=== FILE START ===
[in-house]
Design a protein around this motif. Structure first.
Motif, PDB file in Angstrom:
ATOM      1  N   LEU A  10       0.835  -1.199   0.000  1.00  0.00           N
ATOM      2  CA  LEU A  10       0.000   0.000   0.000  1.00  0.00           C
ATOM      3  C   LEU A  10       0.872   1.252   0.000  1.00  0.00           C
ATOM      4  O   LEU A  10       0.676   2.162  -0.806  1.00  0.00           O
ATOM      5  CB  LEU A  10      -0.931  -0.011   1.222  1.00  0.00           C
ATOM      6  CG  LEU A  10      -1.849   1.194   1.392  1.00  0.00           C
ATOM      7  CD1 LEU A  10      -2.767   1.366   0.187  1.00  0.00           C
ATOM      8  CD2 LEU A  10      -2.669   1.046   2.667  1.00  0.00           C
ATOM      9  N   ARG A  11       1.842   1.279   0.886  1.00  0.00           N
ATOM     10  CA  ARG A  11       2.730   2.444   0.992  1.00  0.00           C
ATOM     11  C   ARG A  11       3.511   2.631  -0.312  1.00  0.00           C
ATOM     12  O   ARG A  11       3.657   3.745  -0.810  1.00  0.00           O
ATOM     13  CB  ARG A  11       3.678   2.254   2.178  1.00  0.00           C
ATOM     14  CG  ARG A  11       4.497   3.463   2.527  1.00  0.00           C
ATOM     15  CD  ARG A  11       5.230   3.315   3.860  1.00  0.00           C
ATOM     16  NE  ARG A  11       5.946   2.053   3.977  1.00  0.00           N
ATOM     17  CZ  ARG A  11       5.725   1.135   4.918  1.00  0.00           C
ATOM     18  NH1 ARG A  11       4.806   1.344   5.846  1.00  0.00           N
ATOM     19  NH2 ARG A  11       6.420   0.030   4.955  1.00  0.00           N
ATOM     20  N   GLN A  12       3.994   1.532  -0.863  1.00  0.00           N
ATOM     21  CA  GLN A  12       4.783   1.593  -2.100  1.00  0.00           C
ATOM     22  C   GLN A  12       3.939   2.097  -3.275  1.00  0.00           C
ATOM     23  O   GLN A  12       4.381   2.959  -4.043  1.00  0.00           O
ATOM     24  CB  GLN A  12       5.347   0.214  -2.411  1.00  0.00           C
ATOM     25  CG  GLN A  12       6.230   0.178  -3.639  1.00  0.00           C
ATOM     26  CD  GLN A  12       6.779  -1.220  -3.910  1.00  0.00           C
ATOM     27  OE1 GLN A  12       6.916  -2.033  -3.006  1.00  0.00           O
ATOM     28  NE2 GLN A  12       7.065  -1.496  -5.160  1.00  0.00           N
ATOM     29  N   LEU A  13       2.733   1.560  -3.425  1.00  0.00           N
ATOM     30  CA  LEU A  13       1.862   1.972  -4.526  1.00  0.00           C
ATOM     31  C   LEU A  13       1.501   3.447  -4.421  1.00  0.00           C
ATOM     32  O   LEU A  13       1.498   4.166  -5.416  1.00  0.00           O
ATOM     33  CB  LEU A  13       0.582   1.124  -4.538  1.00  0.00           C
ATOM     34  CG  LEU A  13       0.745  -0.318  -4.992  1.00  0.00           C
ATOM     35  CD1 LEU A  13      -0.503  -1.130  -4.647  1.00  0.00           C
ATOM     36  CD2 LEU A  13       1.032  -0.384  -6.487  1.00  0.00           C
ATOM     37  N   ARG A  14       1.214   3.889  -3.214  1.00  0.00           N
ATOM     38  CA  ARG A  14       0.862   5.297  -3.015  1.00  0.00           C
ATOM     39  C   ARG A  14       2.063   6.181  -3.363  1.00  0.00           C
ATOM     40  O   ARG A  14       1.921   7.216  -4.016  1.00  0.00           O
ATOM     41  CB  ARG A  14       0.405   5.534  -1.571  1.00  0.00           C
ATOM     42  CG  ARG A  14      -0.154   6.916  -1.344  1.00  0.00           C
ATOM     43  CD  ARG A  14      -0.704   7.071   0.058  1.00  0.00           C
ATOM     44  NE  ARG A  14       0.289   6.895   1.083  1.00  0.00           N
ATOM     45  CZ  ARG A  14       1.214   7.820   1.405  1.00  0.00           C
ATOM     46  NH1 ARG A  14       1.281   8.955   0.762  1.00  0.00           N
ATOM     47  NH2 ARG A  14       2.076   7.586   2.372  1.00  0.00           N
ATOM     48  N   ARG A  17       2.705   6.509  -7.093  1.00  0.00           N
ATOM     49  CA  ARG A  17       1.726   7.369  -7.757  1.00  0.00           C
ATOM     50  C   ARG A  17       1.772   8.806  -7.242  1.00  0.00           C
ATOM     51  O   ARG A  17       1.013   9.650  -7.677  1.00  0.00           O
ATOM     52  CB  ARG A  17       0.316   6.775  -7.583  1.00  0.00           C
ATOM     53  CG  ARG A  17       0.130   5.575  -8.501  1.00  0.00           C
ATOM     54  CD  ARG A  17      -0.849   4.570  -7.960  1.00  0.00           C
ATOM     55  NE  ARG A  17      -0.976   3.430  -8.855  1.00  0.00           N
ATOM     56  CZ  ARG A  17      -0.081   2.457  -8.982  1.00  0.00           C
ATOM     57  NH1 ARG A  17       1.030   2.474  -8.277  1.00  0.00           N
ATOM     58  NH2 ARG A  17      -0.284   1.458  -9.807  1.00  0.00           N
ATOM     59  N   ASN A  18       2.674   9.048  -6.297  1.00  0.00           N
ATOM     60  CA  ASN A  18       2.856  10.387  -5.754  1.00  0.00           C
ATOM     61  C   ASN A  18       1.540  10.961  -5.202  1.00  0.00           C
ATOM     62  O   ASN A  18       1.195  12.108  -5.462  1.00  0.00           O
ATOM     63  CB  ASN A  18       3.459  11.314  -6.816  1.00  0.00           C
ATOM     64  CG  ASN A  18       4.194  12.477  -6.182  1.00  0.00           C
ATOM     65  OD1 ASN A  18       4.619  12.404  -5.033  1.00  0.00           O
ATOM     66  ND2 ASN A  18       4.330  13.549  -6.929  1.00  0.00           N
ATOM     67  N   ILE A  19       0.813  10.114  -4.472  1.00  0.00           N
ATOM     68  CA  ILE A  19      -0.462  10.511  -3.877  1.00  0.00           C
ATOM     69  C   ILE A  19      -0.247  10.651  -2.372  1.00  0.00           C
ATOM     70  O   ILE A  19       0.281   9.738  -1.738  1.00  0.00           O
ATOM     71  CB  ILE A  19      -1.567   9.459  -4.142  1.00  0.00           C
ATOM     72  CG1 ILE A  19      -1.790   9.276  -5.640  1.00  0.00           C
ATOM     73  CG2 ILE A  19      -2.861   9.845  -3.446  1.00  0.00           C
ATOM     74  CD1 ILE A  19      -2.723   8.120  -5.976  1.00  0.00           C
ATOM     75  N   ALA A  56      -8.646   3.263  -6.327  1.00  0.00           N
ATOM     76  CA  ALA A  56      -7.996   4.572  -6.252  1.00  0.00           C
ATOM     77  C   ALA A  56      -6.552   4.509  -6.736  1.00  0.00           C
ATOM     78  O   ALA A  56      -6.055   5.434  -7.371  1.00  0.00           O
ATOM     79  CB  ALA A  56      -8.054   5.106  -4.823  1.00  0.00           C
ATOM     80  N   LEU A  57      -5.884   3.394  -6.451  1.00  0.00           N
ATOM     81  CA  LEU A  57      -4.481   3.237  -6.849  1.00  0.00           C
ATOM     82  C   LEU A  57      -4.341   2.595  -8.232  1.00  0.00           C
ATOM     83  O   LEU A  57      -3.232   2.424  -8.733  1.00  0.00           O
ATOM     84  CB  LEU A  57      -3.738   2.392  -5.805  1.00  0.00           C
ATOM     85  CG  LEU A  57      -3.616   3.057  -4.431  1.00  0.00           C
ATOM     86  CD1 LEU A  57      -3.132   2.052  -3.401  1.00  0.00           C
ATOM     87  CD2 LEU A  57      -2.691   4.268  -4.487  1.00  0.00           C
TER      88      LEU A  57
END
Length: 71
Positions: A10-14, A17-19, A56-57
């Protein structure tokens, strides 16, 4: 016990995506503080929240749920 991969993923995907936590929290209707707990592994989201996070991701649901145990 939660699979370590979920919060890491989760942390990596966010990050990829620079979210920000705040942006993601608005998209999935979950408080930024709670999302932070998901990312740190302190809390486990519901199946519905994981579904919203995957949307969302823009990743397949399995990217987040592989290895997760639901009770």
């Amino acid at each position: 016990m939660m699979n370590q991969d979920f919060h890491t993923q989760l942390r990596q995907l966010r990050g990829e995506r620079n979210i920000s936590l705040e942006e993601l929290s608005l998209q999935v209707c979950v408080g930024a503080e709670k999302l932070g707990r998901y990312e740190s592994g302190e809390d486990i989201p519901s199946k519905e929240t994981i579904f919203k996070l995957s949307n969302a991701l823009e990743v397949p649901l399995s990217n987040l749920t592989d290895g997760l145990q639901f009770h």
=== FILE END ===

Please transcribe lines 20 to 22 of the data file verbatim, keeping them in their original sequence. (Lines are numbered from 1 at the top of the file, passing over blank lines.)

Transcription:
ATOM     17  CZ  ARG A  11       5.725   1.135   4.918  1.00  0.00           C
ATOM     18  NH1 ARG A  11       4.806   1.344   5.846  1.00  0.00           N
ATOM     19  NH2 ARG A  11       6.420   0.030   4.955  1.00  0.00           N